I’m sitting in the backseat of my parents’ car – a 1973 Chevy Malibu. It’s the hottest day of summer and the backs of my legs stick to the black vinyl seats while I try to avoid touching the sharp scratchy place where the upholstery is torn. No one had air conditioning back then, so we hang our heads out the window like dogs to catch the breeze. I smell coconut. It’s the suntan lotion on my skin, the syrup coating my shave ice. We beg to go faster up the hill, the hill with the giant bumps that make you feel like you’re flying. We giggle furiously, the wind blowing our hair.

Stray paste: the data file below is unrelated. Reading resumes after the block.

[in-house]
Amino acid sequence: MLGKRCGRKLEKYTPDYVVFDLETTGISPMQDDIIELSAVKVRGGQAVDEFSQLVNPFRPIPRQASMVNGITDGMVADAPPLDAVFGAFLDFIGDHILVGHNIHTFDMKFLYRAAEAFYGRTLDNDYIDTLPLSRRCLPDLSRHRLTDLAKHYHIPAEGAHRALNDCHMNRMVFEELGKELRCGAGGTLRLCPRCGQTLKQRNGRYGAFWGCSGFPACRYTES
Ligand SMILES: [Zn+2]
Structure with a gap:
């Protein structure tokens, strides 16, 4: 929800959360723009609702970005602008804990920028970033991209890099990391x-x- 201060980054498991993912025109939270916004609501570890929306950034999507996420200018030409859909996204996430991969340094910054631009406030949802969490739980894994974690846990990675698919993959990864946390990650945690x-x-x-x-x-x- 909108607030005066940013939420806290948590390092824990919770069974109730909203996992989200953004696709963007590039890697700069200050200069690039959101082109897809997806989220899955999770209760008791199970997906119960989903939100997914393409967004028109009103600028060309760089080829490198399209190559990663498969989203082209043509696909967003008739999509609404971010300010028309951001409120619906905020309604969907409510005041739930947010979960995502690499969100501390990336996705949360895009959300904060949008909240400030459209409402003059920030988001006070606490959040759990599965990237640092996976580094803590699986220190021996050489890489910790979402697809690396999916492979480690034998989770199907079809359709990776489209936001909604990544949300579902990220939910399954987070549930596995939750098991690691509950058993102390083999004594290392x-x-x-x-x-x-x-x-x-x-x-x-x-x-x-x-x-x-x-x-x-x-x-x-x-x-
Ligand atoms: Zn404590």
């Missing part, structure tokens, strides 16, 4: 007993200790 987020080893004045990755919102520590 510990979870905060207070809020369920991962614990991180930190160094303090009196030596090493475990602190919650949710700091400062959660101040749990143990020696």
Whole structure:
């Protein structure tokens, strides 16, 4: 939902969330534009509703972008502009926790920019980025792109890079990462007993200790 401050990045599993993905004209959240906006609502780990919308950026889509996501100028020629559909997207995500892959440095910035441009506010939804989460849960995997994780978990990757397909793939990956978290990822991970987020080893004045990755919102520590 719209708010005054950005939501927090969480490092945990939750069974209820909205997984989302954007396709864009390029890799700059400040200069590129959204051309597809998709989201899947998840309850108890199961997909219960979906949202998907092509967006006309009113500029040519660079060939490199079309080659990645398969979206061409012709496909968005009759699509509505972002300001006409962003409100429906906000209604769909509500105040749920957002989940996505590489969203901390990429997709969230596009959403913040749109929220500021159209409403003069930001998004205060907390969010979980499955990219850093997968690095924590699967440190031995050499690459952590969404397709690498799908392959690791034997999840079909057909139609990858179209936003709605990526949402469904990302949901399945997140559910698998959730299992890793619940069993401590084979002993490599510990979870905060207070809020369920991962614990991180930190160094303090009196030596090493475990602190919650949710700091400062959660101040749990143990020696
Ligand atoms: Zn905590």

Summer, present day
It’s the same place, the same hot weather, the same scene – but I’m the one driving the car. This time we drive past the ocean, watching the surfers, seeing the waves on the other side of the rocks. I smell coffee, and I hear giggling, but this time it’s not my sister, but my little boy. He sits in the back, saying “Faster, Mommy, faster!” as I turn up the hill and hit the gas with every bump. I wonder, what of this will he remember?